Experience Germany Like a Local

© 2015-2017 Polar Bear Studio LLC, All images unless otherwise noted, text, and website design, all rights reserved. Email Us

How the Locals Enjoy a Cheap, Easy Lunch in Germany


How the Locals Enjoy a Cheap, Easy Lunch in Germany • German Travel by Tourist is a Dirty Word Blog

As much as I’d love to plan every meal we have, usually Denise and I want to see the sights of the city that we are in without stopping an hour or more for lunch. Grabbing a quick snack is usually pretty easy, but can cost you in the tourist centers. On a trip to Rothenburg ob der Tauber, we found ourselves hungry in the middle of the city. Luckily I spotted a butcher shop, called 'Metzgerei' [pronounced mɛtsgəˈrai].

What tourists do not know is that almost every butcher shop has a separate display case with cooked, warm and ready meatballs, schnitzel, roast pork and other meats. A good butcher shop will also have deli-style salads, soft drinks and water available - perfect for a quick and inexpensive lunch break! Also, a local bakery usually delivers fresh rolls to the butcher shop in the morning, which is great for you, since you can order a “Schnitzelbrötchen” (schnitzel in a bread roll) usually for less than 3 Euros!

Nothing like waiting in line behind a bunch of locals on their lunch break to make you feel part of the culture.

A local bakery usually delivers fresh rolls to the butcher shop each morning • German Travel by Tourist is a Dirty Word Blog

I was so excited to introduce Denise to her first Metzgerei in Rothenburg ob der Tauber. What was the best, authentic, cheap lunch you had when you were in Germany, Austria or Switzerland? Let us know in the comments.

Comments

​WAIT! Before you throw that plastic bottle away...

Wait! Before you throw that plastic bottle away, read this! • German Travel by Tourist is a Dirty Word Blog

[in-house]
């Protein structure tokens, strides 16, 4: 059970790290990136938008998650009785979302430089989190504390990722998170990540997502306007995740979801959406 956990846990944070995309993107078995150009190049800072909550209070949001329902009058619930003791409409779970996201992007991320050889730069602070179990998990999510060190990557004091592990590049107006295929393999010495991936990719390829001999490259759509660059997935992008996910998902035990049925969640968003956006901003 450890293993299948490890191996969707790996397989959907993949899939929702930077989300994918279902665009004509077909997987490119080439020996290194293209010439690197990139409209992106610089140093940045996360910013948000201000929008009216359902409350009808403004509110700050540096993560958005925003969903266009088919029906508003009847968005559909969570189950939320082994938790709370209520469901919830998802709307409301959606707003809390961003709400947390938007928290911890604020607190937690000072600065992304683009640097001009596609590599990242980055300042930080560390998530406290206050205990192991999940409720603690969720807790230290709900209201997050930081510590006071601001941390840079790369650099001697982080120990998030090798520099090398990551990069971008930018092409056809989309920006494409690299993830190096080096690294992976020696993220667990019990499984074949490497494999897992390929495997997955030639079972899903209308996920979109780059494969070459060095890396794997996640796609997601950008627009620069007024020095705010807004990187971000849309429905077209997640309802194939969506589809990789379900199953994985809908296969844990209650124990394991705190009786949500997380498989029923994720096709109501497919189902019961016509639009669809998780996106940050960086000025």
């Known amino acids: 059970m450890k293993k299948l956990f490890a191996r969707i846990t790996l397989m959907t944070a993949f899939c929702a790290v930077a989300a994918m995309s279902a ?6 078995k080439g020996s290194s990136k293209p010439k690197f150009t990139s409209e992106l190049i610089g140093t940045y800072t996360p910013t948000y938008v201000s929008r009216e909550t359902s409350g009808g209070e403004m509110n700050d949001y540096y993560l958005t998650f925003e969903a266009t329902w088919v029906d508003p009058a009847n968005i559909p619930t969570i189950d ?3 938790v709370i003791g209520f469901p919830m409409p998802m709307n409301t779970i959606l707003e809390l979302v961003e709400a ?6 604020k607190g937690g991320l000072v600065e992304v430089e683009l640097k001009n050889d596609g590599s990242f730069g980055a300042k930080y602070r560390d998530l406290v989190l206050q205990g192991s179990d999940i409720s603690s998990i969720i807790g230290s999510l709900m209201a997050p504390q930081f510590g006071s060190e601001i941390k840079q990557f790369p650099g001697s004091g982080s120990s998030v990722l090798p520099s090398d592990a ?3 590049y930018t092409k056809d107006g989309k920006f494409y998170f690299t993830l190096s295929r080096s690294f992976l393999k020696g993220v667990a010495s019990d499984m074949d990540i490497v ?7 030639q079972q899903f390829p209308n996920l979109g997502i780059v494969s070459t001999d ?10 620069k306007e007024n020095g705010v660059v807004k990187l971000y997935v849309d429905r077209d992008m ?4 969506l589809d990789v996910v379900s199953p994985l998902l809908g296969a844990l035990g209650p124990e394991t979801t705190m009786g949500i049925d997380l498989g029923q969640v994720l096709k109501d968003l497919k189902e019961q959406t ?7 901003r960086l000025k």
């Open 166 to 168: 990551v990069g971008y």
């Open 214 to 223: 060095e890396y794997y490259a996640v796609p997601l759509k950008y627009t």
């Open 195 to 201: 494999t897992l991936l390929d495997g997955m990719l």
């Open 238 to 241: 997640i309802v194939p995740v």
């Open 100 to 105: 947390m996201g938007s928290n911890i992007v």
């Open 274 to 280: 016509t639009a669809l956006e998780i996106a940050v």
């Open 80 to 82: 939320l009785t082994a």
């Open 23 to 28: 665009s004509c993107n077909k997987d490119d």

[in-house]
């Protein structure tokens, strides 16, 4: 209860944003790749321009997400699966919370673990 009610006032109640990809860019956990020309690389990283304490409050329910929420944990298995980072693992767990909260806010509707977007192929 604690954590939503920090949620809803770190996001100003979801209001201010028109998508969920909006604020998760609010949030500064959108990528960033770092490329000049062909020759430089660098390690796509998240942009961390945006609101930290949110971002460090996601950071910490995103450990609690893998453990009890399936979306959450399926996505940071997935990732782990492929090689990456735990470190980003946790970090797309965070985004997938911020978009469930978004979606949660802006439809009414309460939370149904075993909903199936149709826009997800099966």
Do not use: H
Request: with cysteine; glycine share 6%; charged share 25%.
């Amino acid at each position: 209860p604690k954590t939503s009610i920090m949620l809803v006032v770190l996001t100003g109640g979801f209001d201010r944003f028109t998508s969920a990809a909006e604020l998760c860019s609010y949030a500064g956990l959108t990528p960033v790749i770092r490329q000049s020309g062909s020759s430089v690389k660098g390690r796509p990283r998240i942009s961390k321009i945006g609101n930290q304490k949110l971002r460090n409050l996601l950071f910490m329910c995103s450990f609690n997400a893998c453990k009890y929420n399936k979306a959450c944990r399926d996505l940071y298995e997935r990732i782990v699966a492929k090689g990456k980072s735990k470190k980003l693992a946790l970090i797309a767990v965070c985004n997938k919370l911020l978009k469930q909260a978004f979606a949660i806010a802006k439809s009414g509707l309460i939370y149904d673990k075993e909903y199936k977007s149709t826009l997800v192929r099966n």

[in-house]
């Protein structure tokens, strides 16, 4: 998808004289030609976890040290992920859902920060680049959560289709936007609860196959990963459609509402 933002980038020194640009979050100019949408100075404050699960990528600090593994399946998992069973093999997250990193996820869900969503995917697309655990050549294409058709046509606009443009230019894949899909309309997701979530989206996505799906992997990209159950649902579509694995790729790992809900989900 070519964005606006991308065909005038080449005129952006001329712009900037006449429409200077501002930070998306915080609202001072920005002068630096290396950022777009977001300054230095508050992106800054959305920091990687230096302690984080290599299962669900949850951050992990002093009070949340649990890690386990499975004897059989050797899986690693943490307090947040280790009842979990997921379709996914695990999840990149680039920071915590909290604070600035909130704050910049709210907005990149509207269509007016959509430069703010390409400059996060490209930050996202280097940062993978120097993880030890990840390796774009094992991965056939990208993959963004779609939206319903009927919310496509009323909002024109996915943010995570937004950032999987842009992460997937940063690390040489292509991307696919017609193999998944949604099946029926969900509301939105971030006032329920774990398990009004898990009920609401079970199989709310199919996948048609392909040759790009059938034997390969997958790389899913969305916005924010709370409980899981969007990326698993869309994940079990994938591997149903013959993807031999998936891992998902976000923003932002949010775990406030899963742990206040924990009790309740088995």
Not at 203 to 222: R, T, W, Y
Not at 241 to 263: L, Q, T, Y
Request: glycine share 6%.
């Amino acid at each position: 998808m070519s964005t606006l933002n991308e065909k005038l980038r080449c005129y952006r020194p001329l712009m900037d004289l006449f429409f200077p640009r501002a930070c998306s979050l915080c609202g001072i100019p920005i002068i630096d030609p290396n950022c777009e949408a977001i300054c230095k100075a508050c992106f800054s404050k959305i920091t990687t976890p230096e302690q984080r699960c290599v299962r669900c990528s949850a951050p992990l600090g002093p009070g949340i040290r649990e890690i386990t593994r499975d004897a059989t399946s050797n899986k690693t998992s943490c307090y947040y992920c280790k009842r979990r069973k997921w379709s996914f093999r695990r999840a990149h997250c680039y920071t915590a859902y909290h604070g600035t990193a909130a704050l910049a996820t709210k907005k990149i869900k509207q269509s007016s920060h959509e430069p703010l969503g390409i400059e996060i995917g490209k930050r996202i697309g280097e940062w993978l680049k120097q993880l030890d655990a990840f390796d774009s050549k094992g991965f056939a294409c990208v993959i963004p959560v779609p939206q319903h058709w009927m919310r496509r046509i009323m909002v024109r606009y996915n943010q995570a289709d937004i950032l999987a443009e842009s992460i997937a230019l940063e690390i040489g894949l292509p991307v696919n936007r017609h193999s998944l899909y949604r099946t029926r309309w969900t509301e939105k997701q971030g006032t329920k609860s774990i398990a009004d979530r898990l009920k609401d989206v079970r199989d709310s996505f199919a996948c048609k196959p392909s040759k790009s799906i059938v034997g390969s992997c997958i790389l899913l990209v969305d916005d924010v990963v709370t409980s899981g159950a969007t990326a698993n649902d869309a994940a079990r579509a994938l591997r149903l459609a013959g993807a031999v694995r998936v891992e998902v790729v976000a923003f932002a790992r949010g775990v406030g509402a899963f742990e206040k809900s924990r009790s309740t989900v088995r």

The first time Denise and I went on a family trip in Germany, my Dad kept asking for her empty plastic bottles, which he dropped into his gigantic book bag and carried for the rest of the day.

When she said, "You're Dad is really into recycling! Why doesn't he just use the recycling bins around the city?" I had to laugh.

To promote recycling, in 2003 the ever-clever, thrifty Germans implemented a container deposit legislation, also known as Pfand [pronounced pf‿ant]. If you buy a single-use container in form of a can of soda or a water in a plastic bottle, you will pay a €0.25 deposit, which will be refunded when you bring the container back to a supermarket or shop.

When you throw that bottle away, you're also throwing away your €0.25. The deposit legislation does not cover containers for juice, milk-products, wine, spirits, or liquors. Look for the black and white symbol of the bottle and can with the arrow, see the image above for an example.

Cashing in Your Containers
In smaller shops, visit the clerk at the counter to return your bottle and collect your deposit. Careful though, small shops only accept the bottles of vendors and sizes of bottles which are carried at that shop.When returning at large-chain shops look for reverse vending machines that print a receipt. The receipt can be exchanged for cash or used against a purchase.
So the next time you see someone toting a collection of empty plastic bottles in their book bag you’ll know they don’t have a hoarding problem, they just want their deposit back! Do you think legislation like that would work where you live? Do you have something similar? Tell us about it in the comments.

Comments

Show more posts about traveling in Germany

Thank you For Reading! Denise & Sebastian | Photo by Irene Fiedler